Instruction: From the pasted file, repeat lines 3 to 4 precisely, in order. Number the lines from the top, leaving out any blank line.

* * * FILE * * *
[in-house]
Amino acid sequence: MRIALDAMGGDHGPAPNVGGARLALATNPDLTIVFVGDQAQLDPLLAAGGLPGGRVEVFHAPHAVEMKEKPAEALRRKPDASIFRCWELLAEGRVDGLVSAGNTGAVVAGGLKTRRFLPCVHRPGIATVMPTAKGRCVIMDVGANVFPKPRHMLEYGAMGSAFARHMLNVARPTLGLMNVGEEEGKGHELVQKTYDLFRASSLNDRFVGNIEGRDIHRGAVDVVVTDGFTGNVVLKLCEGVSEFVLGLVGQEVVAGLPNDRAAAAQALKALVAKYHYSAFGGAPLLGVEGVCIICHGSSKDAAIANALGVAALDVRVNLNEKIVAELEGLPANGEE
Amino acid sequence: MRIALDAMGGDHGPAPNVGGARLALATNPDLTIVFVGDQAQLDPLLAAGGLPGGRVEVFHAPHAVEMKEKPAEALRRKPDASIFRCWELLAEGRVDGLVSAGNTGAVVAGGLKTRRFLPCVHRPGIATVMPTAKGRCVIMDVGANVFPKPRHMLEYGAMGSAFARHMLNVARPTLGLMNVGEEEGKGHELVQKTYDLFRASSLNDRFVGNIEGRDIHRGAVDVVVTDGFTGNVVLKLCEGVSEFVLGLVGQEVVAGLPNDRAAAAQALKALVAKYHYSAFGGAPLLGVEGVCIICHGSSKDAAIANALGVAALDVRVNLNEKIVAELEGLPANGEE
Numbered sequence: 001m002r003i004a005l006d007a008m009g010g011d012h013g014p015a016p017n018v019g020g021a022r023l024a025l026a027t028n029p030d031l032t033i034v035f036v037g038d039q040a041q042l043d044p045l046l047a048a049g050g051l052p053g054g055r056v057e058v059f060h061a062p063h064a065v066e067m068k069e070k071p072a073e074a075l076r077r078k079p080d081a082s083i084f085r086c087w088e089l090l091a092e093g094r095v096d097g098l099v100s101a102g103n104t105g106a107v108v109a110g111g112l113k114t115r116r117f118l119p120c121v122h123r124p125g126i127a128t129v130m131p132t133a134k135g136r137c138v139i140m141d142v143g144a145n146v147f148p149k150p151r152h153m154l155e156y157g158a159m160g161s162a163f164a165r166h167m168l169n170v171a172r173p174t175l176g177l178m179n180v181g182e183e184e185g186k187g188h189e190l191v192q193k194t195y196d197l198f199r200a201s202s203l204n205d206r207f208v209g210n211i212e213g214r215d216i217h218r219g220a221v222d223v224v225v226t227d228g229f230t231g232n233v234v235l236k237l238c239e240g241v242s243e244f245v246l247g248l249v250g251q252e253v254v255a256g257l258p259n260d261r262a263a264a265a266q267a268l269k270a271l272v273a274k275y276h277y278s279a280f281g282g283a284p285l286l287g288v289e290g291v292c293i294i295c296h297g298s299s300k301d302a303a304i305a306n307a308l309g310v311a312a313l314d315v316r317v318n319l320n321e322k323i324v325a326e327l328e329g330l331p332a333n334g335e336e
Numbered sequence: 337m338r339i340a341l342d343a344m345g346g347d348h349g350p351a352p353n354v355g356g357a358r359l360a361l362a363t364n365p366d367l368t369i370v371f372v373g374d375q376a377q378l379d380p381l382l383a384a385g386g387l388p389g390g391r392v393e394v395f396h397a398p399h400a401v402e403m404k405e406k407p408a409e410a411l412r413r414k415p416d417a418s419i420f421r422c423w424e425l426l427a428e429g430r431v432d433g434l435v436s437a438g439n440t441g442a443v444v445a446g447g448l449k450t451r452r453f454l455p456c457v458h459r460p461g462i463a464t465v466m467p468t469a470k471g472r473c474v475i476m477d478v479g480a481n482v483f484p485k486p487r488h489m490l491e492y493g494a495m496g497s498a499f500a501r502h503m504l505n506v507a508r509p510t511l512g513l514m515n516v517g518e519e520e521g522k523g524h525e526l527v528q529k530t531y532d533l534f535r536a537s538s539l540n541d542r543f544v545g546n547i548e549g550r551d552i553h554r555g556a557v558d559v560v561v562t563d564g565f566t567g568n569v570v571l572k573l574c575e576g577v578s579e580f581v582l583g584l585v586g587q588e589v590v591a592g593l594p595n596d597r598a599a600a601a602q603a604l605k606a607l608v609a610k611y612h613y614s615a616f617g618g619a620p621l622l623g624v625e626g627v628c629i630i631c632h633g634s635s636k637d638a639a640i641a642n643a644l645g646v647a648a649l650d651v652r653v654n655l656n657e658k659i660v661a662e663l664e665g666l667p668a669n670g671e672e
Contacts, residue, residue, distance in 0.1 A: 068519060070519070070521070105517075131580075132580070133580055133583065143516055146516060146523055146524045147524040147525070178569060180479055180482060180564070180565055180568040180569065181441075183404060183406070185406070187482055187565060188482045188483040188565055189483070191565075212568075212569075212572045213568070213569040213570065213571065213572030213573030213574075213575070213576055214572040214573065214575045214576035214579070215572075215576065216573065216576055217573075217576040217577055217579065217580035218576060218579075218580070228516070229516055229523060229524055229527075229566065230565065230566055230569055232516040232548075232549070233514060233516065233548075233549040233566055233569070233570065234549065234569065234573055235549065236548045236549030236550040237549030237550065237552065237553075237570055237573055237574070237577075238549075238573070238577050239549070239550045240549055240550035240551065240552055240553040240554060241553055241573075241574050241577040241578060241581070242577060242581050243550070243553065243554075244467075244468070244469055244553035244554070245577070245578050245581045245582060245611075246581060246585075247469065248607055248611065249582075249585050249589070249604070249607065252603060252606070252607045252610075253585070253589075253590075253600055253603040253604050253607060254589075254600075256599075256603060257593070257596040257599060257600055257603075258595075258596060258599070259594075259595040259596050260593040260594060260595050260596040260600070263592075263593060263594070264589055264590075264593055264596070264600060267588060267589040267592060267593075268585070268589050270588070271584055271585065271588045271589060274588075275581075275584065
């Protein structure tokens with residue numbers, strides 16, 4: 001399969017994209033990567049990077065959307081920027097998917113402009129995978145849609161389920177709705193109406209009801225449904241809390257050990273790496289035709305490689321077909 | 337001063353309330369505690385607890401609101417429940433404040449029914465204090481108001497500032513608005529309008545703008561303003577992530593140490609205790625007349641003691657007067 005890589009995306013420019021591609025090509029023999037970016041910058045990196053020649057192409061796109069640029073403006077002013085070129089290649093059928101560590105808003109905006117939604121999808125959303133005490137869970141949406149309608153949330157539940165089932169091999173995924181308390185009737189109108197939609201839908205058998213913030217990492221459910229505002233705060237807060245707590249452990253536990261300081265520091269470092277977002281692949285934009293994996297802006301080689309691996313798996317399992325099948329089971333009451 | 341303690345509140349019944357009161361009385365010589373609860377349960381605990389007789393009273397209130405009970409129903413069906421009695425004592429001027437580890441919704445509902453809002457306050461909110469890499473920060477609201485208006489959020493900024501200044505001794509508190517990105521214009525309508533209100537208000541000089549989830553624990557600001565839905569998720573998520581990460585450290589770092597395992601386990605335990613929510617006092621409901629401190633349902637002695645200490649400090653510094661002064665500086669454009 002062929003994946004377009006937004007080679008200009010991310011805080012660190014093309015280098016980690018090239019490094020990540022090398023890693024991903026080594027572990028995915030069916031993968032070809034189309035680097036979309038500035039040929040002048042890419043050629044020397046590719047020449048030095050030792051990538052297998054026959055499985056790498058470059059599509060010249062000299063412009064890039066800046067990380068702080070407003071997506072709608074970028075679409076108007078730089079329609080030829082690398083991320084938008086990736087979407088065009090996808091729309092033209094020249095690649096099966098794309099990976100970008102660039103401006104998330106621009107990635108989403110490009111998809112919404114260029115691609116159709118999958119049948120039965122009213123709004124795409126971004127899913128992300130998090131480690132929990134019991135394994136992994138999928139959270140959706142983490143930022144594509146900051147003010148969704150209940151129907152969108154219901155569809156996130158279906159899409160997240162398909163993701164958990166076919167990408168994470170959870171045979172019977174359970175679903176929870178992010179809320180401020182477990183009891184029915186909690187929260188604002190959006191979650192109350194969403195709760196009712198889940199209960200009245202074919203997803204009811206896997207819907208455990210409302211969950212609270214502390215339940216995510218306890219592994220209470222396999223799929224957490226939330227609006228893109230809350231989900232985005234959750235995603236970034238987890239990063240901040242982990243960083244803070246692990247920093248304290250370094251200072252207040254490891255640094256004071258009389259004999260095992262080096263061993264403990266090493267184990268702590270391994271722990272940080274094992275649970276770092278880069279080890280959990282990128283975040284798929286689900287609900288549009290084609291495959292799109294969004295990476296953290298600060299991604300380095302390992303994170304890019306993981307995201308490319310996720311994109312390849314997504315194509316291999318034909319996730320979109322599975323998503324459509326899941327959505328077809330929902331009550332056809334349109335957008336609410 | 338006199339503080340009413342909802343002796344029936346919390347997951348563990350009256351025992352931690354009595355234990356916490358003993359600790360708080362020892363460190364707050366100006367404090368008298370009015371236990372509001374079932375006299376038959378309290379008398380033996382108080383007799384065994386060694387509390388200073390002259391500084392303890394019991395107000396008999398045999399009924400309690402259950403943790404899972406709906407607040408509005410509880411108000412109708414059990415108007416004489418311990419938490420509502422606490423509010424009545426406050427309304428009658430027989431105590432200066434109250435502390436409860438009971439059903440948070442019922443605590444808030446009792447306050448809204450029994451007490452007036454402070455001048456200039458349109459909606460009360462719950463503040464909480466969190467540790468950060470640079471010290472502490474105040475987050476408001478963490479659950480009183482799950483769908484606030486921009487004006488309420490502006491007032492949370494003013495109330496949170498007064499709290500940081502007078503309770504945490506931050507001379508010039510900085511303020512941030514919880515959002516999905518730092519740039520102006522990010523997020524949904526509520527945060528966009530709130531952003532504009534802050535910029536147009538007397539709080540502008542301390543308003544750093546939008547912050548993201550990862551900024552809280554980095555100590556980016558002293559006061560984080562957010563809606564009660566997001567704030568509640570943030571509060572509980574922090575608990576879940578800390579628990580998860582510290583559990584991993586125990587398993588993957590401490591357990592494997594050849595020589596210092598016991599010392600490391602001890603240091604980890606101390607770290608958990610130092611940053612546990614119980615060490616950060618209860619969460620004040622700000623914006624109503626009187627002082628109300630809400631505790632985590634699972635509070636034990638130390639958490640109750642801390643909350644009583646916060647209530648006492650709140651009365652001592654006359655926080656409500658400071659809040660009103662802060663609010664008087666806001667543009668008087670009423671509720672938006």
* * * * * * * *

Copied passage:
Amino acid sequence: MRIALDAMGGDHGPAPNVGGARLALATNPDLTIVFVGDQAQLDPLLAAGGLPGGRVEVFHAPHAVEMKEKPAEALRRKPDASIFRCWELLAEGRVDGLVSAGNTGAVVAGGLKTRRFLPCVHRPGIATVMPTAKGRCVIMDVGANVFPKPRHMLEYGAMGSAFARHMLNVARPTLGLMNVGEEEGKGHELVQKTYDLFRASSLNDRFVGNIEGRDIHRGAVDVVVTDGFTGNVVLKLCEGVSEFVLGLVGQEVVAGLPNDRAAAAQALKALVAKYHYSAFGGAPLLGVEGVCIICHGSSKDAAIANALGVAALDVRVNLNEKIVAELEGLPANGEE
Numbered sequence: 001m002r003i004a005l006d007a008m009g010g011d012h013g014p015a016p017n018v019g020g021a022r023l024a025l026a027t028n029p030d031l032t033i034v035f036v037g038d039q040a041q042l043d044p045l046l047a048a049g050g051l052p053g054g055r056v057e058v059f060h061a062p063h064a065v066e067m068k069e070k071p072a073e074a075l076r077r078k079p080d081a082s083i084f085r086c087w088e089l090l091a092e093g094r095v096d097g098l099v100s101a102g103n104t105g106a107v108v109a110g111g112l113k114t115r116r117f118l119p120c121v122h123r124p125g126i127a128t129v130m131p132t133a134k135g136r137c138v139i140m141d142v143g144a145n146v147f148p149k150p151r152h153m154l155e156y157g158a159m160g161s162a163f164a165r166h167m168l169n170v171a172r173p174t175l176g177l178m179n180v181g182e183e184e185g186k187g188h189e190l191v192q193k194t195y196d197l198f199r200a201s202s203l204n205d206r207f208v209g210n211i212e213g214r215d216i217h218r219g220a221v222d223v224v225v226t227d228g229f230t231g232n233v234v235l236k237l238c239e240g241v242s243e244f245v246l247g248l249v250g251q252e253v254v255a256g257l258p259n260d261r262a263a264a265a266q267a268l269k270a271l272v273a274k275y276h277y278s279a280f281g282g283a284p285l286l287g288v289e290g291v292c293i294i295c296h297g298s299s300k301d302a303a304i305a306n307a308l309g310v311a312a313l314d315v316r317v318n319l320n321e322k323i324v325a326e327l328e329g330l331p332a333n334g335e336e